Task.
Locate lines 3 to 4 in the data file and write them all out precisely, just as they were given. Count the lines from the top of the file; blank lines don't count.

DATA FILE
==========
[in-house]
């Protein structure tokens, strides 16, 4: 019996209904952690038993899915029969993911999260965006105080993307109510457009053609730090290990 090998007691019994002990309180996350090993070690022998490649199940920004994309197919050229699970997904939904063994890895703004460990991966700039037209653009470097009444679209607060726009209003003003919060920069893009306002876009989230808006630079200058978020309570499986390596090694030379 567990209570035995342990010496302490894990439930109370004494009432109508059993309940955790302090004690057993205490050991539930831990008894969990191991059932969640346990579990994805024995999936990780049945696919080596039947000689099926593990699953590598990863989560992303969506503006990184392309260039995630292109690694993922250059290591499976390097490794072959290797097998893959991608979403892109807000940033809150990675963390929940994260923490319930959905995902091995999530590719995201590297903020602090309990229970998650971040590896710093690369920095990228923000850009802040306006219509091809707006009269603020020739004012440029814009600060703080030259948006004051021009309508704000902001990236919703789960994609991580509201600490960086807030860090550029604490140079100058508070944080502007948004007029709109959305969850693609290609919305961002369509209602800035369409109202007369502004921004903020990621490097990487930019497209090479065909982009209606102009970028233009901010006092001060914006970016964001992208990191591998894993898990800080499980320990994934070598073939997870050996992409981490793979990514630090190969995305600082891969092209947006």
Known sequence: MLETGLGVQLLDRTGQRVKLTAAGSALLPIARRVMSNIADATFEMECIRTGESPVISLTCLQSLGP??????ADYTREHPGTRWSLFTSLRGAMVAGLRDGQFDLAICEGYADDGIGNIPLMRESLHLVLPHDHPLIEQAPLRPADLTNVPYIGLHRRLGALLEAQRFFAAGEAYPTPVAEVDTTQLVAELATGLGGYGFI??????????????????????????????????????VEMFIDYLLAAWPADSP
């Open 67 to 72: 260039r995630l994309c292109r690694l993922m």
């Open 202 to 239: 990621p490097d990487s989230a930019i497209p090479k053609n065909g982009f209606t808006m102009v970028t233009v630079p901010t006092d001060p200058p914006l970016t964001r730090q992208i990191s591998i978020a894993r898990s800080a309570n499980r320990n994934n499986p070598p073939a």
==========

Known sequence: MLETGLGVQLLDRTGQRVKLTAAGSALLPIARRVMSNIADATFEMECIRTGESPVISLTCLQSLGP??????ADYTREHPGTRWSLFTSLRGAMVAGLRDGQFDLAICEGYADDGIGNIPLMRESLHLVLPHDHPLIEQAPLRPADLTNVPYIGLHRRLGALLEAQRFFAAGEAYPTPVAEVDTTQLVAELATGLGGYGFI??????????????????????????????????????VEMFIDYLLAAWPADSP
């Open 67 to 72: 260039r995630l994309c292109r690694l993922m």